Football season is in full swing, and at some point this year a major controversy will arise at a crucial point in a game regarding whether a player caught the ball.
The definition of "a catch" has become very nuanced thanks to technological advances such as high-resolution zoom lenses an
Retailers eager to satisfy shoppers' growing expectations for home delivery are relying on a range of third-party alternatives.
When it comes to home delivery, the last mile is the hardest, and aside from Amazon, no retailers' supply chain infrastructure was purpose-built to pick, pack and make res
Consumers who are interested in paying by phone have a lot of choices.
Retailers who are interested in being paid by phone have a fundamental one: Wait for one or two systems to become dominant, or develop their own?
Mobile wallets are like the Wild West: no central authority and lots of open terri
For CPG retailers, good things may come in small packages, but they don't come easily.
Retailers see plenty of opportunity for small-format stores, particularly in densely populated urban environments, but winning with smaller stores means overcoming challenges that have proven daunting for even so
Scheduling hourly workers has always been a balancing act. Now it's being done on a very high wire.
On one side, workers want more hours, and more predictable ones. On the other, demands for labor are shifting, in both the short and long term, requiring extra flexibility.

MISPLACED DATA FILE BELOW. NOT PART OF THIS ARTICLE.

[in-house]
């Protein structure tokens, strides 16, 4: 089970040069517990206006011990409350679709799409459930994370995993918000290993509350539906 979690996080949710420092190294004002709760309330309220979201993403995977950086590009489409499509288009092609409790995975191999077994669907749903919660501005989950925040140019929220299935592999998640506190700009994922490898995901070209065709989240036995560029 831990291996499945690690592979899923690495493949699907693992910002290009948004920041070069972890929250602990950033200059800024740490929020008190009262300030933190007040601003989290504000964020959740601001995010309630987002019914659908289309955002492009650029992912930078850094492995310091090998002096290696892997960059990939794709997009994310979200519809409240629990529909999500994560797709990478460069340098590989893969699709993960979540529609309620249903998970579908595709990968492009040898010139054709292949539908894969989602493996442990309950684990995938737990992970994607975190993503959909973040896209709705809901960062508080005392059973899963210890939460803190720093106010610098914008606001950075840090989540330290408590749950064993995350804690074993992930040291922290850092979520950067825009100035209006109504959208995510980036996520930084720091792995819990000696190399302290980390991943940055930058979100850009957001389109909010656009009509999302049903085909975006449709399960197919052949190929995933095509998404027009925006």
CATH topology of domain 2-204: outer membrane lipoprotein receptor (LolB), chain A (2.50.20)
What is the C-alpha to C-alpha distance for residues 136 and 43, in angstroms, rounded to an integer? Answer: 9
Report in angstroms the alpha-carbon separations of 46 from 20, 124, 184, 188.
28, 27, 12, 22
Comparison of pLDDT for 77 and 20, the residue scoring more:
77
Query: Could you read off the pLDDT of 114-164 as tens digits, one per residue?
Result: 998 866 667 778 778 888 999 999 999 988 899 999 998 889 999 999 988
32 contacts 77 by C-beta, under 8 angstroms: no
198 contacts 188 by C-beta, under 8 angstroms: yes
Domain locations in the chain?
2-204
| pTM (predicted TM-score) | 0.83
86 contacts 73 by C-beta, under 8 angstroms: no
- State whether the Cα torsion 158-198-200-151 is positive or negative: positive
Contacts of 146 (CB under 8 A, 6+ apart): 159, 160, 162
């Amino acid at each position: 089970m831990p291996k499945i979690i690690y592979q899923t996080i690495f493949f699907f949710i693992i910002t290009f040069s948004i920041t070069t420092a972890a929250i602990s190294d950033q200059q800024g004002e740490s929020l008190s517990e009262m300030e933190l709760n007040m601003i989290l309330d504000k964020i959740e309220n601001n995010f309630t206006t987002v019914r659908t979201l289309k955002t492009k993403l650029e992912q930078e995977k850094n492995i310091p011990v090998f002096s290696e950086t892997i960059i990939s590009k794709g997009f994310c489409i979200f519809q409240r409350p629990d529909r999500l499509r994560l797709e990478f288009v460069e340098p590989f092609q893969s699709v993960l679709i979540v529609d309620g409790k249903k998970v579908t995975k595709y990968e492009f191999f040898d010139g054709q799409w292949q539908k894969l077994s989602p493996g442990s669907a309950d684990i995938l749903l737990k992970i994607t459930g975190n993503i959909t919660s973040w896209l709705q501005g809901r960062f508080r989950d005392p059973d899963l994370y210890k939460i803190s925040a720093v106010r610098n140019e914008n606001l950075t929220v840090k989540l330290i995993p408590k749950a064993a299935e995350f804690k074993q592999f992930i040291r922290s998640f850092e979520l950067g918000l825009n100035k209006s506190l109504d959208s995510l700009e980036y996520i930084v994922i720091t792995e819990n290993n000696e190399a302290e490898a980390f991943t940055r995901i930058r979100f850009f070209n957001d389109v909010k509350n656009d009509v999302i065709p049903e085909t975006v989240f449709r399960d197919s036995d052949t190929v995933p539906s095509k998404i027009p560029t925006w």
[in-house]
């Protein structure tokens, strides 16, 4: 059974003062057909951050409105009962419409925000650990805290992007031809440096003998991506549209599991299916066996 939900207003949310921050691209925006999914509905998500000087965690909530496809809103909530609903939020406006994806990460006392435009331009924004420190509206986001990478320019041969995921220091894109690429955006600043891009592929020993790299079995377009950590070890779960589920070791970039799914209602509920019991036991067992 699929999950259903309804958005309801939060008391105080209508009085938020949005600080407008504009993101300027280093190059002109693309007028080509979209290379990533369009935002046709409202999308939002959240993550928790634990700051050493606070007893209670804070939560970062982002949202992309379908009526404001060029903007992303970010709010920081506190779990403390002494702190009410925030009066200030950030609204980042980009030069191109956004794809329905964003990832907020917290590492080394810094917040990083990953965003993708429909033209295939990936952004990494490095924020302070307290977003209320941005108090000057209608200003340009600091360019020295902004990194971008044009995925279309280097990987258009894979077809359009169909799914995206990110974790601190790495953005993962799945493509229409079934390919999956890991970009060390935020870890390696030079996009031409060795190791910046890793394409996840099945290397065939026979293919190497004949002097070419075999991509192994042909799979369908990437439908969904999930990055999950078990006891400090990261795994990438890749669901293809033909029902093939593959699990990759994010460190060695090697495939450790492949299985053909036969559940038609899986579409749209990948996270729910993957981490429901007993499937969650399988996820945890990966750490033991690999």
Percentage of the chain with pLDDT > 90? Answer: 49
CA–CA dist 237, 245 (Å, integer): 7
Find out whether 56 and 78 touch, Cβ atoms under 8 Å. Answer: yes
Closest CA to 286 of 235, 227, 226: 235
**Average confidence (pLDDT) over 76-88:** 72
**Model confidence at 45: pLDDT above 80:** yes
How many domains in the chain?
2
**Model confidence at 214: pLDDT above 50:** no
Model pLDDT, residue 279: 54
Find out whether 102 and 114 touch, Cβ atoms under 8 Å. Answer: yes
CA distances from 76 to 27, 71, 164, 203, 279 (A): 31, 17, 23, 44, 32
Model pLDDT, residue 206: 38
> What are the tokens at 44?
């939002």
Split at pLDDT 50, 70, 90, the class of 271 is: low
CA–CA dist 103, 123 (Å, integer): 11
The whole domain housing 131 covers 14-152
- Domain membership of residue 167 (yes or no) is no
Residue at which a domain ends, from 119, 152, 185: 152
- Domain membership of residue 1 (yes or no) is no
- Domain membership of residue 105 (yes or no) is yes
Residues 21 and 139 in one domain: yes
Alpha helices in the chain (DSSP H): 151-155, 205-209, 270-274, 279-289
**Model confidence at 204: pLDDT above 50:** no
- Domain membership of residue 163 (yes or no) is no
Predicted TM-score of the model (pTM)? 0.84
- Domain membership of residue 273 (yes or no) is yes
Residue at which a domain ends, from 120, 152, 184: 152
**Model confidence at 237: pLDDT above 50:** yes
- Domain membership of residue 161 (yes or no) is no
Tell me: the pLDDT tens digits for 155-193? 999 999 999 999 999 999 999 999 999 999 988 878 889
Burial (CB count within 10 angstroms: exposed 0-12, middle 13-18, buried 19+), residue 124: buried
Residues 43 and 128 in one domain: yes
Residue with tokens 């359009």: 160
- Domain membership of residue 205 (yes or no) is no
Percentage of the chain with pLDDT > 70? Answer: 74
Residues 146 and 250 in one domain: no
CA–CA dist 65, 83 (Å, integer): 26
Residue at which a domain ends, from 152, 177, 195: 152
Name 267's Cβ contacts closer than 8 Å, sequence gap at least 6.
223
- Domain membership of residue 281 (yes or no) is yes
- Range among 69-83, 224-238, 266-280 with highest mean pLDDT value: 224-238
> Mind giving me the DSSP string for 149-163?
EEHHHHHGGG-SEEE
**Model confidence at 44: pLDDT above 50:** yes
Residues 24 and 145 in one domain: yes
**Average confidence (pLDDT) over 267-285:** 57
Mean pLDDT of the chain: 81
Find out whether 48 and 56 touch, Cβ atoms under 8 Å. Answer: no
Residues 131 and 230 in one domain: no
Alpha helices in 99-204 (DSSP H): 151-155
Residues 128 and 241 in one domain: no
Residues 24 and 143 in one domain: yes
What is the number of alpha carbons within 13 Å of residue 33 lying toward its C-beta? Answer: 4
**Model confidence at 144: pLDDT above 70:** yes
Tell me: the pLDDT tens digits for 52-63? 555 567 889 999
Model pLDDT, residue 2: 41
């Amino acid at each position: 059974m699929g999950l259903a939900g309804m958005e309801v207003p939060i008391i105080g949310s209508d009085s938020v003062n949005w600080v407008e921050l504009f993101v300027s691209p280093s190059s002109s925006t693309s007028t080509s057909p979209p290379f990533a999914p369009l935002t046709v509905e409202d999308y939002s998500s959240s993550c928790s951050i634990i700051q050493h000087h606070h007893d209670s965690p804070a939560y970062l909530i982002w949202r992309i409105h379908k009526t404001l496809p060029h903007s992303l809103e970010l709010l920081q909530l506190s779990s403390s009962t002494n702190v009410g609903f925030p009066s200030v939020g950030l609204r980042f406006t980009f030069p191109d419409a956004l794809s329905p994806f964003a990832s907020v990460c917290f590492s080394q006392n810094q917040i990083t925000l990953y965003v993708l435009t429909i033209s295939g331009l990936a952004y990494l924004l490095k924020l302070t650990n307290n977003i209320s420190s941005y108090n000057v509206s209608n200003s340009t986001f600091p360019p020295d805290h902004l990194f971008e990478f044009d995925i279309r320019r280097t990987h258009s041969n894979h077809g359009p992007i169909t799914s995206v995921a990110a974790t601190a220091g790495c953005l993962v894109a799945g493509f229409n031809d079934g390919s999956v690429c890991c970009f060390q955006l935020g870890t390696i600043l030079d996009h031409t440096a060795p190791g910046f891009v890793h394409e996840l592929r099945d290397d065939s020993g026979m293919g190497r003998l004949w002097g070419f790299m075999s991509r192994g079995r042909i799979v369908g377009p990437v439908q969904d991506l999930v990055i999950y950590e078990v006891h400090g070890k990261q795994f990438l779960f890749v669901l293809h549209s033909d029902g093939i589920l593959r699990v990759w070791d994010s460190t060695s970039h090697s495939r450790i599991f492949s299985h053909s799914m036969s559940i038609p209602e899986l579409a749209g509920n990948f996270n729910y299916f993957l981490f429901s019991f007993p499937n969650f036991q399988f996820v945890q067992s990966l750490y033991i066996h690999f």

If there has been one constant in a retail industry characterized by unrelenting change, it was that private label could be relied upon to gain market share from brands. That was the case for roughly three decades, but those gains began decelerating about five years ago and came to a stop in 2015.
Just-in-time shopping creates fragmented trips and new — but surmountable — challenges for retailers.
Quick trips — those "I need it now" grocery excursions — account for two-thirds of shopping visits and slightly more than one-third of grocery expenditures.
Category management was a major breakthrough when it arrived on the retail scene some three decades ago. When it did, merchandising and assortment planning decisions became fact-based, and all facets of the shopper experience benefited.
Businesspeople have plenty of complaints about Washington and the way it operates—lack of fiscal responsibility, inability to compromise, and governing by crisis to name a few—but at their core these concerns boil down to one simple issue: unpredictability.
The government is t
The idea of not having any choice in your phone carrier seems preposterous today. Those of us old enough all remember the days when Ma Bell dominated the telephone market, ending with the historical breakup of the legendary telephone monopoly.